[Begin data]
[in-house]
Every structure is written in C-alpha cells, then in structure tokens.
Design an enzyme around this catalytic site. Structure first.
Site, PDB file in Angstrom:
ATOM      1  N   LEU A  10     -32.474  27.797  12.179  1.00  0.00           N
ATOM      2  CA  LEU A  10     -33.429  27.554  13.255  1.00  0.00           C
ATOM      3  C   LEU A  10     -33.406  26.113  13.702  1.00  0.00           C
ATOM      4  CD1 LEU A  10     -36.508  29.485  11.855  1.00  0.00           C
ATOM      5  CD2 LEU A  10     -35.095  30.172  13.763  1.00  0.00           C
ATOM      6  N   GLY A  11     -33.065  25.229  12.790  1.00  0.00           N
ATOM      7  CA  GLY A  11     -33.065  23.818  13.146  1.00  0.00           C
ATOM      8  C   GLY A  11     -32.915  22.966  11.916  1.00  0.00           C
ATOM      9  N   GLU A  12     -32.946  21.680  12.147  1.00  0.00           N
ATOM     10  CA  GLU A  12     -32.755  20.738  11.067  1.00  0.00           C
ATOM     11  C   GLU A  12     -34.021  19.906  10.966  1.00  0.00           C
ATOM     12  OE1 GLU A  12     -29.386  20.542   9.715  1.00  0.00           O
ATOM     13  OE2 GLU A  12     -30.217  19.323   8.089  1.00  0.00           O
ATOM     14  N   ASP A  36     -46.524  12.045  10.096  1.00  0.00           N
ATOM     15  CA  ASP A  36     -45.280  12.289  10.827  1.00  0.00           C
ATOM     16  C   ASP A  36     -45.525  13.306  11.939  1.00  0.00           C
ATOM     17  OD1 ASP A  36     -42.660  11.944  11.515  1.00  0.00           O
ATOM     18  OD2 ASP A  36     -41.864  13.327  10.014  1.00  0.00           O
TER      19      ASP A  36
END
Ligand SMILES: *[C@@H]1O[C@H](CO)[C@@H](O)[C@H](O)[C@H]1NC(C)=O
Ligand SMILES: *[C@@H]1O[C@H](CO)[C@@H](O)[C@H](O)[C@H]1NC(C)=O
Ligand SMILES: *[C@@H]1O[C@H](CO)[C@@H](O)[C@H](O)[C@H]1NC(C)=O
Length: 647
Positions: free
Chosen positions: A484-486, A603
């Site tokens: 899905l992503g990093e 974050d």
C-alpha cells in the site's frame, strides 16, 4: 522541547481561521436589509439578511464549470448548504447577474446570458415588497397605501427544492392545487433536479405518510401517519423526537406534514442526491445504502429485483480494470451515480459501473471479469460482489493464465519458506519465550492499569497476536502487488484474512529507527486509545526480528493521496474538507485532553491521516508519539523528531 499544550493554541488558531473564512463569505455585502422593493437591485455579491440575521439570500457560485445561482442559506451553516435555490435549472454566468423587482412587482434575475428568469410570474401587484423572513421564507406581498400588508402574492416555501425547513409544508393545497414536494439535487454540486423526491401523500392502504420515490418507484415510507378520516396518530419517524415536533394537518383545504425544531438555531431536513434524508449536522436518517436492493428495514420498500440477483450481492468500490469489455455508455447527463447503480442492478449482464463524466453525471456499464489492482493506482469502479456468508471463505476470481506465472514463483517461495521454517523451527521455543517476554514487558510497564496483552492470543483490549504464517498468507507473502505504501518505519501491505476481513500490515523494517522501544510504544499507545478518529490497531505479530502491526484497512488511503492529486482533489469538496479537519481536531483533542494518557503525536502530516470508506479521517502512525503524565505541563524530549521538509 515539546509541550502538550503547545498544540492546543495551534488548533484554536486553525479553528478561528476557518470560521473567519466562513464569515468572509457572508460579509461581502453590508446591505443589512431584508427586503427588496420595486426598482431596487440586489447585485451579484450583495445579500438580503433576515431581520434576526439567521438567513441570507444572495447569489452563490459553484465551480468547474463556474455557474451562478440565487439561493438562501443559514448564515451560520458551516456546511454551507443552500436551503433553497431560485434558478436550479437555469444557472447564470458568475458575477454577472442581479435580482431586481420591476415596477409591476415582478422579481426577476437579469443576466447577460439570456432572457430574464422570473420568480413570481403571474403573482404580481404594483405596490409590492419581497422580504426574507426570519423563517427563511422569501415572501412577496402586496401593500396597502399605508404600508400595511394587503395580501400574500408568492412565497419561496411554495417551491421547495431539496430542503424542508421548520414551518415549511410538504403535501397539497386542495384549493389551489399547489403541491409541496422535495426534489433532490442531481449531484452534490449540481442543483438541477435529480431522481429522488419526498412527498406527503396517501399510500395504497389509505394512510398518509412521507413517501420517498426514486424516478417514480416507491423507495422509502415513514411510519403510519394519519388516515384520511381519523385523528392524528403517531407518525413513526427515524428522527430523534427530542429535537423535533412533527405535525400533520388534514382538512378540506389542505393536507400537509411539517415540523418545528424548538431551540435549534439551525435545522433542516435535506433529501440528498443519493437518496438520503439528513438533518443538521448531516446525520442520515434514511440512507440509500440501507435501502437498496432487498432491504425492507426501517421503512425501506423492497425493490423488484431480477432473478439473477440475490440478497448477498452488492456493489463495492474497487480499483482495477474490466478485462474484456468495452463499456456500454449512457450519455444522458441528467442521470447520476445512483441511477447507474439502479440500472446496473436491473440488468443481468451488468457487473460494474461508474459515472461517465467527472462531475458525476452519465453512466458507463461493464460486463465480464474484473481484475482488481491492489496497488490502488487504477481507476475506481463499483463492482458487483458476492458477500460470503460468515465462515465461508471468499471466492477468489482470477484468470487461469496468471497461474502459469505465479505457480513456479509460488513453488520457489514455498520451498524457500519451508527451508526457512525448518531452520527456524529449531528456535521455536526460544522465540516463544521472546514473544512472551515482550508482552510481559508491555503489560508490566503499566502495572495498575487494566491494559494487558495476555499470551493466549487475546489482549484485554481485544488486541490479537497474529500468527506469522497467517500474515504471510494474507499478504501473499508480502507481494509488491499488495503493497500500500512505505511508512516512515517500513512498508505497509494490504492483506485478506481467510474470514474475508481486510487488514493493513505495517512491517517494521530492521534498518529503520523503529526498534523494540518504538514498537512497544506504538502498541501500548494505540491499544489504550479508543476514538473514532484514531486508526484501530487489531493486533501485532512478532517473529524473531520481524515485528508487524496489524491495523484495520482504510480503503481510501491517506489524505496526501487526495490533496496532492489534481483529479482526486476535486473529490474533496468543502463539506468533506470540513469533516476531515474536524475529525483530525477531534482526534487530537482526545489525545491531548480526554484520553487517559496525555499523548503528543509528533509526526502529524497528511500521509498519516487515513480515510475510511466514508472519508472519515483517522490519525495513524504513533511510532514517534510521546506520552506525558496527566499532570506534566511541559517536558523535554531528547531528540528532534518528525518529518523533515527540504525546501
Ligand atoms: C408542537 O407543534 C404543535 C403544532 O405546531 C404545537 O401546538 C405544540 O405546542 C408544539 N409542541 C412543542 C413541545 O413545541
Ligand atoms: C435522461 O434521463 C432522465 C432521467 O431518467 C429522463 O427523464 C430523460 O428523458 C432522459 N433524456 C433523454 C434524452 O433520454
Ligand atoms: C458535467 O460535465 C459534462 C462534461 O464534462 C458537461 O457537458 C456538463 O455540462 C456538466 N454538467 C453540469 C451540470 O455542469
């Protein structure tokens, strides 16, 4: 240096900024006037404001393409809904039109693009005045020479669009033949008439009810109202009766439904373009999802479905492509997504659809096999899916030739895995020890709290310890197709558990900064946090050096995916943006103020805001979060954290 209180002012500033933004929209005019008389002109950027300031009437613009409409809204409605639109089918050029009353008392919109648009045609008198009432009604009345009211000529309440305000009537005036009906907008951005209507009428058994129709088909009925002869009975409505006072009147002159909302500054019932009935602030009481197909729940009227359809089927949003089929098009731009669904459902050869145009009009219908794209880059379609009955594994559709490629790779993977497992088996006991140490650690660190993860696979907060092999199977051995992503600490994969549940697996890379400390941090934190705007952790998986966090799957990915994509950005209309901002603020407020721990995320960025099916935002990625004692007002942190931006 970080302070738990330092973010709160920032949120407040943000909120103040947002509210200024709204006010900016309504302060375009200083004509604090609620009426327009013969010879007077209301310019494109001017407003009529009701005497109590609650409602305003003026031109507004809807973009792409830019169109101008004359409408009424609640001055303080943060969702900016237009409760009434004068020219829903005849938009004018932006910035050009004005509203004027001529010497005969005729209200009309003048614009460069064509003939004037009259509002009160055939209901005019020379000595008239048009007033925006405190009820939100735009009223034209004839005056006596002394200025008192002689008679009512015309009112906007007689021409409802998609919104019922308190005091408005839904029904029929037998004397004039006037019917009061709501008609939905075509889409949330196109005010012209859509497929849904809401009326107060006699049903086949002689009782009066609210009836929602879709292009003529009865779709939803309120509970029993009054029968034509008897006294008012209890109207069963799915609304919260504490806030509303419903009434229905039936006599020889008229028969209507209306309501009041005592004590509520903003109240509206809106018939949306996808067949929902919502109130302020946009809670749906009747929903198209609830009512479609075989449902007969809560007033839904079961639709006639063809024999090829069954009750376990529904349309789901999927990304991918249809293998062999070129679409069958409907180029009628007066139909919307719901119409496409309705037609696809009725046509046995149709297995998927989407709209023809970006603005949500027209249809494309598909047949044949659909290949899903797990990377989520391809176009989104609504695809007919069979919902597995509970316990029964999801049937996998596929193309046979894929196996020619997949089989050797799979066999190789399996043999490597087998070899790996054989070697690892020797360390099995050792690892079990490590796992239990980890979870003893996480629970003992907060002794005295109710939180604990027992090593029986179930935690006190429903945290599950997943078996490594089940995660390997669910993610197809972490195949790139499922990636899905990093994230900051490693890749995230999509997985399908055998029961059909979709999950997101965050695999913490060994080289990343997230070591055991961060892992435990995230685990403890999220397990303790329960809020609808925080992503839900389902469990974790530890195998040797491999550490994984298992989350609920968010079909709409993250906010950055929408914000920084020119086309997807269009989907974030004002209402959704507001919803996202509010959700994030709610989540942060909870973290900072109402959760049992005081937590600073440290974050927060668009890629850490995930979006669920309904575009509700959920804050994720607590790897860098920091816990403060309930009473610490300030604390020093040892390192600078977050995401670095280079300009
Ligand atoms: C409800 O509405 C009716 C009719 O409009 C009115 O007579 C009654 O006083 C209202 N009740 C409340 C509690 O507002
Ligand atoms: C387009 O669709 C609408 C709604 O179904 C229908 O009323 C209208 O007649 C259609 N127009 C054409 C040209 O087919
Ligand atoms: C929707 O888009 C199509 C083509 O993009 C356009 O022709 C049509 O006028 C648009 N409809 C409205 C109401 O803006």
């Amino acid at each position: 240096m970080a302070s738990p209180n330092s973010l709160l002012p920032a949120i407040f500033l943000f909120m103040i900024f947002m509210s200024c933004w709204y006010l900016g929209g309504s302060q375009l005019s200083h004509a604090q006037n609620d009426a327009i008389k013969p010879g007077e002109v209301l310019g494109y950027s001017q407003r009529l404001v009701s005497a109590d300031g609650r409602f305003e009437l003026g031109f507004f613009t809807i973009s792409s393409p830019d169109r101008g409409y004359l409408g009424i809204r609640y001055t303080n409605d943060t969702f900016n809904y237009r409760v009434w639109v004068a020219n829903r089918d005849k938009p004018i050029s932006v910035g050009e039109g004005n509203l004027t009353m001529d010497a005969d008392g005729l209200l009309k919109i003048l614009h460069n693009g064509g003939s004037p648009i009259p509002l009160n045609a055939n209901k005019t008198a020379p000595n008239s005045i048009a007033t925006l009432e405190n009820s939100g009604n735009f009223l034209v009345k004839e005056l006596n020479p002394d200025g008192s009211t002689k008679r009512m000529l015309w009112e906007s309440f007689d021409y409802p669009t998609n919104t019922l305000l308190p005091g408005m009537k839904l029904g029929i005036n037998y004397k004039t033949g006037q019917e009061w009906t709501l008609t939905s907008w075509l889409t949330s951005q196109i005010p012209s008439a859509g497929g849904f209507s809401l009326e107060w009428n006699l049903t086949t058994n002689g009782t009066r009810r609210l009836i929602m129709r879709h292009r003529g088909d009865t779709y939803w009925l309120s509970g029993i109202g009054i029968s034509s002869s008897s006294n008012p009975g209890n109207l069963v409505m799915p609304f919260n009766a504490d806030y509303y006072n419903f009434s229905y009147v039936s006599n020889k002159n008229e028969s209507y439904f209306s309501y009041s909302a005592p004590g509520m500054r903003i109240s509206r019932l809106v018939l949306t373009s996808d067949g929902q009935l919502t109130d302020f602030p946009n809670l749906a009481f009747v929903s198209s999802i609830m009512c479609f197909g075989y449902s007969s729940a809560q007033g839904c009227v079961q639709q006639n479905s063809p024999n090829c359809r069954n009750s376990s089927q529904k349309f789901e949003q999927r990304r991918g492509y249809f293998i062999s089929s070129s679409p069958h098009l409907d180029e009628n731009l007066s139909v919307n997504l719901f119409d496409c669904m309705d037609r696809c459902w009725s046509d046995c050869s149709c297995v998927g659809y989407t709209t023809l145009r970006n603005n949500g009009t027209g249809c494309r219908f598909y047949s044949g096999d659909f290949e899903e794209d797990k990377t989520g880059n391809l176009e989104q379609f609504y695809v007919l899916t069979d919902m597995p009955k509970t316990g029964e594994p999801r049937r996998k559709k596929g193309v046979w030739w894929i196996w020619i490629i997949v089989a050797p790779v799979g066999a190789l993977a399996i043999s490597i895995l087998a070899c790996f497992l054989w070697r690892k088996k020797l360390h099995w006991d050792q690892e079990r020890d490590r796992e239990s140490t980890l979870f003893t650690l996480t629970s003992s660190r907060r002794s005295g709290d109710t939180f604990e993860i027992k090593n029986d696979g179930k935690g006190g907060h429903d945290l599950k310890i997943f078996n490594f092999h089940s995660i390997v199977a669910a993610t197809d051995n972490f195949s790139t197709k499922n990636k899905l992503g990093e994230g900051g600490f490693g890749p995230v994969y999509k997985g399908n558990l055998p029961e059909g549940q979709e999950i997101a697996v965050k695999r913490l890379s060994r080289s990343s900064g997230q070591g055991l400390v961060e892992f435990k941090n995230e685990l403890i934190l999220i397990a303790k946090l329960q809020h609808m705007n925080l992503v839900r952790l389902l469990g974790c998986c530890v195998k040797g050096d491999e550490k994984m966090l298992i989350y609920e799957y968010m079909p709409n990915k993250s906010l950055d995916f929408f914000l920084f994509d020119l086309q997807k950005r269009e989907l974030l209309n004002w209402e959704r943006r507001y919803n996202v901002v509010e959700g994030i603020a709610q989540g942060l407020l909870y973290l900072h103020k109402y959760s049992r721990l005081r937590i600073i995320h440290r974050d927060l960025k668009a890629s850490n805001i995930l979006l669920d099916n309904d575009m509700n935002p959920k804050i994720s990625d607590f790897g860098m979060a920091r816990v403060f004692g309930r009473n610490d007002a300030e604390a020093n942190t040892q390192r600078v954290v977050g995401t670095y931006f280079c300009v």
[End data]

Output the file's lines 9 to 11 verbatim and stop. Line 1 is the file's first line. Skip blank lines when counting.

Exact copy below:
ATOM      5  CD2 LEU A  10     -35.095  30.172  13.763  1.00  0.00           C
ATOM      6  N   GLY A  11     -33.065  25.229  12.790  1.00  0.00           N
ATOM      7  CA  GLY A  11     -33.065  23.818  13.146  1.00  0.00           C